Following the release of the music video, TMZ reported: "Fans of Janet Jackson are in a fury over the alleged lack of support MTV is showing their first Icon. MTV has yet to premiere or even announce a date of a debut for the singer's latest video "Call On Me". Fans have flooded the message boards with tons of Janet support, but, according to these fans, many posts were deleted by a moderator. There is much speculation over why Janet has been "blacklisted" from MTV airplay, but most fingers point to her 2004 Super Bowl "wardrobe malfunction," which was co-produced by MTV, who was fined by the U.S. Federal Communications Commission for the mishap. Calls to MTV were not immediately returned."[34]

Live performances[edit]

To promote the album, Jackson performed the song with Nelly on the Today show on September 29, 2006, along with "Nasty" and "So Excited".[35] She later performed the song on the Rock Witchu Tour in 2008, with Nelly on the screens. Bob Grendon writing for Chicago Tribune said the duet lacked soul.[36] It was also added to the setlist of the 2011 Number Ones, Up Close and Personal tour.[37]

Cover and samples[edit]

A cover version of "Call on Me" by 2000's Stars appears in 2007 Wii game Dance Dance Revolution Hottest Party.[38] Girl Talk sampled the song on "Hands in the Air", which appeared on his fourth album Feed the Animals (2008).[39] English electronic duo Disclosure released a remix of "Call on Me" known as the "Disclosure Bootleg" in 2012.[40]

Track listings[edit]


Chart (2006) Peak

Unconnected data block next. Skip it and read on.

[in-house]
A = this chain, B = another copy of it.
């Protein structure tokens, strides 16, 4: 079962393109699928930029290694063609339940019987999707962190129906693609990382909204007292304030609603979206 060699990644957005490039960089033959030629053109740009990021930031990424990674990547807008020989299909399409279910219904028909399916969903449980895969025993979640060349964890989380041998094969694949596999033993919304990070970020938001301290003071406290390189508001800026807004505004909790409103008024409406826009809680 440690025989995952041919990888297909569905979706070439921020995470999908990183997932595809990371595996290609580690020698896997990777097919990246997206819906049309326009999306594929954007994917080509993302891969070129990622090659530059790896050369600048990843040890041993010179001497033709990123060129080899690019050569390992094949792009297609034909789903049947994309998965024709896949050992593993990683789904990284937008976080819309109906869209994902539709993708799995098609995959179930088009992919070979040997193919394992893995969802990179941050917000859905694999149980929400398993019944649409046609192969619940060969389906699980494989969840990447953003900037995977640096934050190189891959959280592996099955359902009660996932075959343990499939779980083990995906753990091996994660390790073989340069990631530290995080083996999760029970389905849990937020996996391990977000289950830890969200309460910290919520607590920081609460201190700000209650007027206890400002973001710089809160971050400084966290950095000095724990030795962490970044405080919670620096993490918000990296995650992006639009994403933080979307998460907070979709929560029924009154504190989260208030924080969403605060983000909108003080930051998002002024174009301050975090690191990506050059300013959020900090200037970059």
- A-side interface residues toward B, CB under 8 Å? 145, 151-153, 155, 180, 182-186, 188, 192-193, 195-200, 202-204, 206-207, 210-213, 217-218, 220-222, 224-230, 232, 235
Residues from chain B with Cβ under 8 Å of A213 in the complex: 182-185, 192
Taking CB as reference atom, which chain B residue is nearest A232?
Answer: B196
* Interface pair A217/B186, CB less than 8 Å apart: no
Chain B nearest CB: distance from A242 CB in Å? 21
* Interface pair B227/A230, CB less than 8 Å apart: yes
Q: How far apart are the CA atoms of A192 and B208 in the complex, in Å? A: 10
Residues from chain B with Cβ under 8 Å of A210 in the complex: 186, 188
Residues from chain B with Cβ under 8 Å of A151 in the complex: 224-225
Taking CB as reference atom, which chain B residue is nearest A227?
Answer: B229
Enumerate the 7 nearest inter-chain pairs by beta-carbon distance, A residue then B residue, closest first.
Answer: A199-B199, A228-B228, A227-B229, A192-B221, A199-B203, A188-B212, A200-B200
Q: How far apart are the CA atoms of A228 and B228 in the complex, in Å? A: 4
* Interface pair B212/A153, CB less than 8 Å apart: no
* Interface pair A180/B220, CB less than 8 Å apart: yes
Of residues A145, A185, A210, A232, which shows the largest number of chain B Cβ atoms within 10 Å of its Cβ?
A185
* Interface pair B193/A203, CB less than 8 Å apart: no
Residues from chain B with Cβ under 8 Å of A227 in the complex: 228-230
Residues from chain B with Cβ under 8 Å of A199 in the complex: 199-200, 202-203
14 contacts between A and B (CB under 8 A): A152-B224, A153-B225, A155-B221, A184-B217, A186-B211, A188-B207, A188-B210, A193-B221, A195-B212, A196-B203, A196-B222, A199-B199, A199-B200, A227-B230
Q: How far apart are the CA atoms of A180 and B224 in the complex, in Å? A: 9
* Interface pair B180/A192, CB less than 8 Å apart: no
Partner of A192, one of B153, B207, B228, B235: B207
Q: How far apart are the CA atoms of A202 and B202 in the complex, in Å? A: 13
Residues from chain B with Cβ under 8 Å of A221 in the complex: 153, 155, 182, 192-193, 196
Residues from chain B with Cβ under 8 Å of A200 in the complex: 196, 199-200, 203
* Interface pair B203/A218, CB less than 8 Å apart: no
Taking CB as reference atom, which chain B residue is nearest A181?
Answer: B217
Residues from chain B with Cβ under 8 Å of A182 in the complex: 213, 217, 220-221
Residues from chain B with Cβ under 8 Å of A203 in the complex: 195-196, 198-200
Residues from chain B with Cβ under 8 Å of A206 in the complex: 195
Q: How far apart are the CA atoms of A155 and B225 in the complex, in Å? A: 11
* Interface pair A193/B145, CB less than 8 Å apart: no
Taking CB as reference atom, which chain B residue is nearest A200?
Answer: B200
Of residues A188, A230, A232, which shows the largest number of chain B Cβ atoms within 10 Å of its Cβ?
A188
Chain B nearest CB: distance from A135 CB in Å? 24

Australian Club Chart 49
Belgian Tip Chart (Flanders)[29] 2
Belgian Tip Chart (Wallonia)[29] 7
Brazilian Singles Chart (ABPD)[50] 25
European Hot 100 Singles[51] 31
Finnish Singles Chart[26] 20
French Singles Chart[26] 41
German Singles Chart[26] 45
Irish Singles Chart[26] 20
Italian Singles Chart[29] 7
New Zealand Singles Chart[26] 11
Romanian Top 100[52] 82
Scottish Singles Chart[53] 17
Slovak Airplay Chart[54] 25
Swedish Singles Chart[26] 25
Swiss Singles Chart[26] 43
UK Singles Chart[26] 18
UK Physical Singles Chart[55] 7
UK Digital Singles Chart[26] 60
UK R&B Singles Chart[56] 2
U.S. Billboard Hot 100[57] 25
U.S. Billboard Pop Songs[57] 32
U.S. Billboard Hot R&B/Hip-Hop Songs[57] 1
U.S. Billboard Hot Dance Club Songs[57] 2
U.S. Billboard Hot 100 Single Sales[57] 1
U.S. Billboard Pop 100[57] 33


Region Certification Certified units/Sales
United Kingdom (BPI)[58] Silver 200,000^

*sales figures based on certification alone
^shipments figures based on certification alone


Year-end charts[edit]

Chart (2006–07) Position
U.S. Billboard Hot R&B/Hip-Hop Songs[59] 22
U.S. Billboard Hot R&B/Hip-Hop Songs[60] 95
U.S. Billboard Hot 100 Single Sales[57] 8
U.S. Billboard R&B/Hip-Hop Single Sales[57] 2


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External links[edit]